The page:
Don't be so optimistic. Lastly, please be skeptical of everything a founder tells you. Ask him why he makes those projections, what assumptions did he make, why he made those assumptions. What is he going to do to validate those assumptions, why did he choose to target that specific audience and etc etc. It's the job of the founders to infect you with passion and make you excited about what they're doing. It's their job to try and get money from you. It's up to you to decide whether you are going to dig deep and find out if they're the real deal or all bull****. A quote i really like is

You have to set yourself up for success in order to succeed

So do everything you can to set your self up for a successful angel portfolio and worst yet, don't become a investor in a dumb company just because you didn't do your homework.

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Comments (13)

 
Nov 24, 2013 - 8:02pm

Team Team Team. That's the biggest factor in early stage investing. Good ideas are commodities, a dollar a dozen. The true hardship of a startup company is being able to form a core team, toil through obstacles with no direction and severely limited resources. Only rockstar entrepreneurs with balls of steel can make it. Believe in the team. Invest in A teams with B ideas and not B teams with A ideas.

This is undoubtedly the most important thing.

 
Nov 25, 2013 - 3:37pm

I actually started my own company and I think the same goes for giving equity out for people who want to join or invest in your product. I recently had to fire someone on my team and got equity back because its still early on. The team is everything. Everyone on the team has to bring something of value to the table. That may be knowledge and contacts. It may be money. The easiest way to tell things about the team would be asking how they would tackle problems and why they should be part of the team. People often times look for the exit from the get go. A lot of it comes down to having the right attitude. Some who has the right attitude is willing to put in the extra time. Even if a particular person cannot work 50-80 hours a week on the start up if they are willing to show they can show up for a consistent 10-20 hours and perform well on deadlines and strategize properly before executing an action then they may be the right person.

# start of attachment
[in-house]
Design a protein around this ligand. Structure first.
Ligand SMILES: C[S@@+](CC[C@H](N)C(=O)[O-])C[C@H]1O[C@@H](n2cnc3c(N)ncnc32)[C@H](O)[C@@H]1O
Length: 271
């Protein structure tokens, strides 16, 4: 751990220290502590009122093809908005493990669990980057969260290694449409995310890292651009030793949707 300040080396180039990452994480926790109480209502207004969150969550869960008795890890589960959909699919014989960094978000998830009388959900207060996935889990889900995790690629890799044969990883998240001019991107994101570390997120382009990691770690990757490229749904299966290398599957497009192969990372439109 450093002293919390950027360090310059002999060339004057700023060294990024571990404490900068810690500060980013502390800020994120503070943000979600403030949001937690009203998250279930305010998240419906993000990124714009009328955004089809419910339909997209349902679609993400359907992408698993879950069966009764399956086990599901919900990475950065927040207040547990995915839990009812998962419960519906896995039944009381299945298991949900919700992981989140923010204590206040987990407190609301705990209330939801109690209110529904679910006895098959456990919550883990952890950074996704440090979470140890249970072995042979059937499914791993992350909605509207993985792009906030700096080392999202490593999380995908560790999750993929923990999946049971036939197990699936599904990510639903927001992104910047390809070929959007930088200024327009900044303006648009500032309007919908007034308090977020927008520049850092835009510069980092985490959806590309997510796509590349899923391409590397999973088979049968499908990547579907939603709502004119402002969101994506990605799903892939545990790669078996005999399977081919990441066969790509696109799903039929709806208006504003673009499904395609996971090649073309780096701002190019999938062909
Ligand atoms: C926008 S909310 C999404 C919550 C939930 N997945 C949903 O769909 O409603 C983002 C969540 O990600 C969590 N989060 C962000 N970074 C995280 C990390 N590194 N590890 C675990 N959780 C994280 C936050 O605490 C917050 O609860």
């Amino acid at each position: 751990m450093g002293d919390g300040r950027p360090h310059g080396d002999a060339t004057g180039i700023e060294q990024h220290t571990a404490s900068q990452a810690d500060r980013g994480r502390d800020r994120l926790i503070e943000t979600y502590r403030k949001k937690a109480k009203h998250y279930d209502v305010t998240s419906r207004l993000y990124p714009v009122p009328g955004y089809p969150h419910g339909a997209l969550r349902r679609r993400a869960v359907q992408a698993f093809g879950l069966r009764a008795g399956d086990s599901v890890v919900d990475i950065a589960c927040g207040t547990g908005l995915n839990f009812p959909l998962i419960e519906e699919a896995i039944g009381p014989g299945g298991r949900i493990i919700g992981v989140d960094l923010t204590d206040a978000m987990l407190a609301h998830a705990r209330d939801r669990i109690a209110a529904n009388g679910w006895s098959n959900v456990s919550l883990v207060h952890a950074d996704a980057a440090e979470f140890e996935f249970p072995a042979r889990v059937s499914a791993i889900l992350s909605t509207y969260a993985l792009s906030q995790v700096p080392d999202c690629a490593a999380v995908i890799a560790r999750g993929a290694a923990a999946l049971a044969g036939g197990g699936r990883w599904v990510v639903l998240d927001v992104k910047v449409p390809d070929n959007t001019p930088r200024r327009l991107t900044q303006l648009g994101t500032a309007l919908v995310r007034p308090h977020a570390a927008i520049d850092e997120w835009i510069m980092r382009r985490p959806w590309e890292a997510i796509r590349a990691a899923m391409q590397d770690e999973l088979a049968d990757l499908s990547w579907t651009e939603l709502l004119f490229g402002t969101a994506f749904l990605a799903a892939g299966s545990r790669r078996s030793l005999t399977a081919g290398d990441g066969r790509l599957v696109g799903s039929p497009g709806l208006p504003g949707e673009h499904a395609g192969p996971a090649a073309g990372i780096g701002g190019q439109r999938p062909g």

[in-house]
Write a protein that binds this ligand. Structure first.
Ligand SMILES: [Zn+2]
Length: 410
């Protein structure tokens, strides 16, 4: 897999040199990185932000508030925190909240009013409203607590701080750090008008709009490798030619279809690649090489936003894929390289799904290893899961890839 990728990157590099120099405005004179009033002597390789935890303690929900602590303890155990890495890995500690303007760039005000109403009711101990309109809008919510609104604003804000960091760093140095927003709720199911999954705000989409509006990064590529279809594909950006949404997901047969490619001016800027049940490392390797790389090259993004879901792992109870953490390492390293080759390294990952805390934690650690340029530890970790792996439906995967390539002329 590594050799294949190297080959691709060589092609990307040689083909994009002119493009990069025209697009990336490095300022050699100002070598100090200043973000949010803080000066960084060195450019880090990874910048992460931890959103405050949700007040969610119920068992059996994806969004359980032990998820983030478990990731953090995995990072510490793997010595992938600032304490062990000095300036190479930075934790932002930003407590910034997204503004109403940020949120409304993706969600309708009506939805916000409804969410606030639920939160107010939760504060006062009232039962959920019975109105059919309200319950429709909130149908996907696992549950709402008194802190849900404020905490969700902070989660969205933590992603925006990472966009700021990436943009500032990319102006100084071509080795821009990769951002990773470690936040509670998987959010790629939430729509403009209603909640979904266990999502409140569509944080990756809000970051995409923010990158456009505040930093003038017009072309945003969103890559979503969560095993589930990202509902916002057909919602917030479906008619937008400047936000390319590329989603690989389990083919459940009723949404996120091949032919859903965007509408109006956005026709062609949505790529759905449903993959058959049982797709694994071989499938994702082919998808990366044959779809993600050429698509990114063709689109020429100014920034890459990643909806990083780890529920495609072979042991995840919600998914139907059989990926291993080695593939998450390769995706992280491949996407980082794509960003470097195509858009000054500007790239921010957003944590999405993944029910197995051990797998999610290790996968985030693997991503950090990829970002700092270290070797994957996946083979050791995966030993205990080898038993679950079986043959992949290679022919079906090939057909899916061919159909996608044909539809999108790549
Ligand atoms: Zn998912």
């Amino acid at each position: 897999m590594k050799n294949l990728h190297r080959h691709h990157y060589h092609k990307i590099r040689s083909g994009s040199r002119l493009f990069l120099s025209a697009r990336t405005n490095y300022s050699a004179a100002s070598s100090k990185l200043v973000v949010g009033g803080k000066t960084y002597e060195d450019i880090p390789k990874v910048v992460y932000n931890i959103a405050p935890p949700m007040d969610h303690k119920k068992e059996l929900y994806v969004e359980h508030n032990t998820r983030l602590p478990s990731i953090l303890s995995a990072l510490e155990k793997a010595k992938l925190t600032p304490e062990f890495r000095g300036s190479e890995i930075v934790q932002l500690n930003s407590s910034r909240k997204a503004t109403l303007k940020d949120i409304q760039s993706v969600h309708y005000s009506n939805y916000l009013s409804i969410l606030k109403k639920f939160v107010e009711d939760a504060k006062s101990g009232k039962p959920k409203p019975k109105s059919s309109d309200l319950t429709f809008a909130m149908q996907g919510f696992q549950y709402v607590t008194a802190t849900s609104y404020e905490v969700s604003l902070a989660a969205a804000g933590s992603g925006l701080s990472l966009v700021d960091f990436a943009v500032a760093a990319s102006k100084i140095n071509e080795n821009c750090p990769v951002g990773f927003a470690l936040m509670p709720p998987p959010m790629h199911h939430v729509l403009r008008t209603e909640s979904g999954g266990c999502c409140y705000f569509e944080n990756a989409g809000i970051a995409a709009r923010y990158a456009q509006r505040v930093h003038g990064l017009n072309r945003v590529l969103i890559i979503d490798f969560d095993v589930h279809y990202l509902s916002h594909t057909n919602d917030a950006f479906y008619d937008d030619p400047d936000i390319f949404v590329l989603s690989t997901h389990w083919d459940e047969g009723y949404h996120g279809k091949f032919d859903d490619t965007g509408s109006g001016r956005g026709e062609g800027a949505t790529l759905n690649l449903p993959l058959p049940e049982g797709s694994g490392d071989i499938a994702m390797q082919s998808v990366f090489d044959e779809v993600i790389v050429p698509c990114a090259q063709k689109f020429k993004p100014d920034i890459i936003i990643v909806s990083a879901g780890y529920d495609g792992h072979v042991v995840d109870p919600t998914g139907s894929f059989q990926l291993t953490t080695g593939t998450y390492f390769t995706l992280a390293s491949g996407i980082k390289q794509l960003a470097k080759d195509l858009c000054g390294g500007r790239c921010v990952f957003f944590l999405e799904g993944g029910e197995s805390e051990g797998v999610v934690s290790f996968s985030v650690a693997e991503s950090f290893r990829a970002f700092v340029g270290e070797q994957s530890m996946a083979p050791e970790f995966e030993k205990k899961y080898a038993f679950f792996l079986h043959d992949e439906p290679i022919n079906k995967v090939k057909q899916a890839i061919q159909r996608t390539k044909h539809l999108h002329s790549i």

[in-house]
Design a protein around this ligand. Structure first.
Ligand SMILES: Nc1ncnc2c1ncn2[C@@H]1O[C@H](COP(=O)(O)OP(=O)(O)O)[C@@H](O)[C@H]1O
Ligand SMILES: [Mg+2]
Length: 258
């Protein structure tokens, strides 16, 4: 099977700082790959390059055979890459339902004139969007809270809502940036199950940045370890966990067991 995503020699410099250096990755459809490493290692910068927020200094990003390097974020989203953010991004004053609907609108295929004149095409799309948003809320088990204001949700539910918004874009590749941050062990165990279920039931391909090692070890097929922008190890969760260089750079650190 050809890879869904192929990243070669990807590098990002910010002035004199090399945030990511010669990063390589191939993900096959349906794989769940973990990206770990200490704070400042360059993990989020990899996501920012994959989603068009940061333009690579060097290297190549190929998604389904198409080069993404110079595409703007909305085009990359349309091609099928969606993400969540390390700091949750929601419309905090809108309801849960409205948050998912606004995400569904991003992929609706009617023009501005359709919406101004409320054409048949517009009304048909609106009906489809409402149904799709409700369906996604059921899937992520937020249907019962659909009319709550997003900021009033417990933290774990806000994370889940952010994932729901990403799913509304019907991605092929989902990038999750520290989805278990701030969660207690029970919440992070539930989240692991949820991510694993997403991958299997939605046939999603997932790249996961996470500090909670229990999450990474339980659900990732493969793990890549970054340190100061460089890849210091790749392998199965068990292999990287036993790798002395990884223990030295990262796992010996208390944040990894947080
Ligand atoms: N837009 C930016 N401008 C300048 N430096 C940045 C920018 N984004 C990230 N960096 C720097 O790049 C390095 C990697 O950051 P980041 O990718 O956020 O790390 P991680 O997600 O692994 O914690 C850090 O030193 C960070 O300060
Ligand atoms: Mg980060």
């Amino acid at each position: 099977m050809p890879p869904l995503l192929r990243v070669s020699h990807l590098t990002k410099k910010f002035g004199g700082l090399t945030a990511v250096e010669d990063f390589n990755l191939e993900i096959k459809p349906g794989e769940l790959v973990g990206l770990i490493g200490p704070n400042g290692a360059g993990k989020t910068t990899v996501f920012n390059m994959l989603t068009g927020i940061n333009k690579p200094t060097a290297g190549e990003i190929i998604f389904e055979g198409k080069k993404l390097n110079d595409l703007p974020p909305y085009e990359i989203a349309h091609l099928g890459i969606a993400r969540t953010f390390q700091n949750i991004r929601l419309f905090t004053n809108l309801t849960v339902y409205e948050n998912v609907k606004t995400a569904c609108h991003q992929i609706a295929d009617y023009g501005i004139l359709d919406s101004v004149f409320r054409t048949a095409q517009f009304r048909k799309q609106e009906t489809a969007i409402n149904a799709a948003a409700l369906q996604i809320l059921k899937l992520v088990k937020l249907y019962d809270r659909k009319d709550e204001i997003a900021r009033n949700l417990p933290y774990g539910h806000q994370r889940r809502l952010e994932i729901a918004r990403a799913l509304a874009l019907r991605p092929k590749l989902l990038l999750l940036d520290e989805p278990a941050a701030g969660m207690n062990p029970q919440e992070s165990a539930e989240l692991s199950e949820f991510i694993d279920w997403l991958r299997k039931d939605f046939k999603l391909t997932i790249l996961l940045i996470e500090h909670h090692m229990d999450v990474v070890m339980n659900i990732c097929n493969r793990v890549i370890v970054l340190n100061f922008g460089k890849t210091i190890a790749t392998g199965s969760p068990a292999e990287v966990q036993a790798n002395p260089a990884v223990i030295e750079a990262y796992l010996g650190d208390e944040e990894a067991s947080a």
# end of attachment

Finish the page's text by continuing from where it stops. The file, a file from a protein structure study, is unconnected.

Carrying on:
The one example the I have where my ex partner made a mistake was when we were planning a launch event for our product. He wanted to rush the event even though the product hadn't been through a proper testing phase. I decided to let him take charge and book the day for the event while I handled the online marketing and set him up with a few contacts. He decided to contact the person 3 days before the event and booked the event for a bad time (4:30pm on a Monday).

A good way to deal with these kind of problems is to have a consistent (not constant) level of communication. We implemented task reports that were do every 1-2 weeks. If someone shows they are resistant to an idea like that. Have them suggest their own idea. If they cannot come up with an idea and they are still resistant to new ideas then they may not be right for the start up.

 
Nov 29, 2013 - 3:47am

You can talk to local universities to talk to them about their business/entrepreneurship programs. That could be a way for you to search for talent. It may be hard though. Most of the people who advise at my university are ex-entrepreneurs who have made their money and have run out of things to do with their time. Although there are a few people who are currently running their own companies. It is possible. Better yet joining up with a few friends and basically starting your own small SMALL cap PE group. Like 30-50k for 15%-25% equity and connections and business advise/legal (if you have a lawyer buddy who is interested). Start with small safer bets like food trucks slowly build out your portfolio. If my current venture fails I will most likely bid my time building up capital to do just this.